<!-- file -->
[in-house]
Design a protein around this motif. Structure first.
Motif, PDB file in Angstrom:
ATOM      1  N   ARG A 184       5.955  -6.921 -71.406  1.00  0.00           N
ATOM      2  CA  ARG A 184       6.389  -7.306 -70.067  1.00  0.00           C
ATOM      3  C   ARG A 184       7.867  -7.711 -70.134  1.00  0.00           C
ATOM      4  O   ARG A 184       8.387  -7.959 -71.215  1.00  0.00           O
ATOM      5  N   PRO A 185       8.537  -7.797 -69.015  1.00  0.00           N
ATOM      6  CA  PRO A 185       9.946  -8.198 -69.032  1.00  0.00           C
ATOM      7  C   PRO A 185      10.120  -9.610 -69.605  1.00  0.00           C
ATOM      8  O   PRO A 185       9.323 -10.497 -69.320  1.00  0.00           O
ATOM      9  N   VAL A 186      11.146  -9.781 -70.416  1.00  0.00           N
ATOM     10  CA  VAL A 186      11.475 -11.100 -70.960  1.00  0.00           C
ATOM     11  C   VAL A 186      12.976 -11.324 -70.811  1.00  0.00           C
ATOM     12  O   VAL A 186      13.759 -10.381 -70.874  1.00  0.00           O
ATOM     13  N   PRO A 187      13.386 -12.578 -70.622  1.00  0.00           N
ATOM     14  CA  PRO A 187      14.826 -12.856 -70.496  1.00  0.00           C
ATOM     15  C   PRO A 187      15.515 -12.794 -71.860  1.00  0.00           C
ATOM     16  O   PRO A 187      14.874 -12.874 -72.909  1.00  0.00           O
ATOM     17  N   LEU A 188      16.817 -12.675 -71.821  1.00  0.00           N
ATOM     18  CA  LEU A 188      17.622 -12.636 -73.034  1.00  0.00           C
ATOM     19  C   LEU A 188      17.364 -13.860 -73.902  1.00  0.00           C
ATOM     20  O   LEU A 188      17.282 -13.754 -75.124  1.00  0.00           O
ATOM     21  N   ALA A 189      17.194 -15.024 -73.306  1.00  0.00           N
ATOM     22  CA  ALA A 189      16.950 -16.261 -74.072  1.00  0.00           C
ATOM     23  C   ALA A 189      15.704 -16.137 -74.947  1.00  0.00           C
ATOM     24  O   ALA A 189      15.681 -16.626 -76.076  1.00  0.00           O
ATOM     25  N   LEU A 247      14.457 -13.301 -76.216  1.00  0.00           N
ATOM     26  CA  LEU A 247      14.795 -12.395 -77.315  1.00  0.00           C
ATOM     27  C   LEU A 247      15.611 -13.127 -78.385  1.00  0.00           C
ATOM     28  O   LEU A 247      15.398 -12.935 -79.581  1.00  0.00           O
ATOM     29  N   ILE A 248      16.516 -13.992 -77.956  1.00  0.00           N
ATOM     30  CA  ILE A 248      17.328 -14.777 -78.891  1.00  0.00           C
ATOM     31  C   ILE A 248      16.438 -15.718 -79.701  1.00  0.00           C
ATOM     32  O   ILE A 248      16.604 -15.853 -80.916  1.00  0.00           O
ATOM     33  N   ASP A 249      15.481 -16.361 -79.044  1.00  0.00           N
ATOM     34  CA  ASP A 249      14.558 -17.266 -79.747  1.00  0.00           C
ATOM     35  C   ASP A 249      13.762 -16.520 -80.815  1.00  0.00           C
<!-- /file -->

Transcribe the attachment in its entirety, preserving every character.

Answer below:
[in-house]
Design a protein around this motif. Structure first.
Motif, PDB file in Angstrom:
ATOM      1  N   ARG A 184       5.955  -6.921 -71.406  1.00  0.00           N
ATOM      2  CA  ARG A 184       6.389  -7.306 -70.067  1.00  0.00           C
ATOM      3  C   ARG A 184       7.867  -7.711 -70.134  1.00  0.00           C
ATOM      4  O   ARG A 184       8.387  -7.959 -71.215  1.00  0.00           O
ATOM      5  N   PRO A 185       8.537  -7.797 -69.015  1.00  0.00           N
ATOM      6  CA  PRO A 185       9.946  -8.198 -69.032  1.00  0.00           C
ATOM      7  C   PRO A 185      10.120  -9.610 -69.605  1.00  0.00           C
ATOM      8  O   PRO A 185       9.323 -10.497 -69.320  1.00  0.00           O
ATOM      9  N   VAL A 186      11.146  -9.781 -70.416  1.00  0.00           N
ATOM     10  CA  VAL A 186      11.475 -11.100 -70.960  1.00  0.00           C
ATOM     11  C   VAL A 186      12.976 -11.324 -70.811  1.00  0.00           C
ATOM     12  O   VAL A 186      13.759 -10.381 -70.874  1.00  0.00           O
ATOM     13  N   PRO A 187      13.386 -12.578 -70.622  1.00  0.00           N
ATOM     14  CA  PRO A 187      14.826 -12.856 -70.496  1.00  0.00           C
ATOM     15  C   PRO A 187      15.515 -12.794 -71.860  1.00  0.00           C
ATOM     16  O   PRO A 187      14.874 -12.874 -72.909  1.00  0.00           O
ATOM     17  N   LEU A 188      16.817 -12.675 -71.821  1.00  0.00           N
ATOM     18  CA  LEU A 188      17.622 -12.636 -73.034  1.00  0.00           C
ATOM     19  C   LEU A 188      17.364 -13.860 -73.902  1.00  0.00           C
ATOM     20  O   LEU A 188      17.282 -13.754 -75.124  1.00  0.00           O
ATOM     21  N   ALA A 189      17.194 -15.024 -73.306  1.00  0.00           N
ATOM     22  CA  ALA A 189      16.950 -16.261 -74.072  1.00  0.00           C
ATOM     23  C   ALA A 189      15.704 -16.137 -74.947  1.00  0.00           C
ATOM     24  O   ALA A 189      15.681 -16.626 -76.076  1.00  0.00           O
ATOM     25  N   LEU A 247      14.457 -13.301 -76.216  1.00  0.00           N
ATOM     26  CA  LEU A 247      14.795 -12.395 -77.315  1.00  0.00           C
ATOM     27  C   LEU A 247      15.611 -13.127 -78.385  1.00  0.00           C
ATOM     28  O   LEU A 247      15.398 -12.935 -79.581  1.00  0.00           O
ATOM     29  N   ILE A 248      16.516 -13.992 -77.956  1.00  0.00           N
ATOM     30  CA  ILE A 248      17.328 -14.777 -78.891  1.00  0.00           C
ATOM     31  C   ILE A 248      16.438 -15.718 -79.701  1.00  0.00           C
ATOM     32  O   ILE A 248      16.604 -15.853 -80.916  1.00  0.00           O
ATOM     33  N   ASP A 249      15.481 -16.361 -79.044  1.00  0.00           N
ATOM     34  CA  ASP A 249      14.558 -17.266 -79.747  1.00  0.00           C
ATOM     35  C   ASP A 249      13.762 -16.520 -80.815  1.00  0.00           C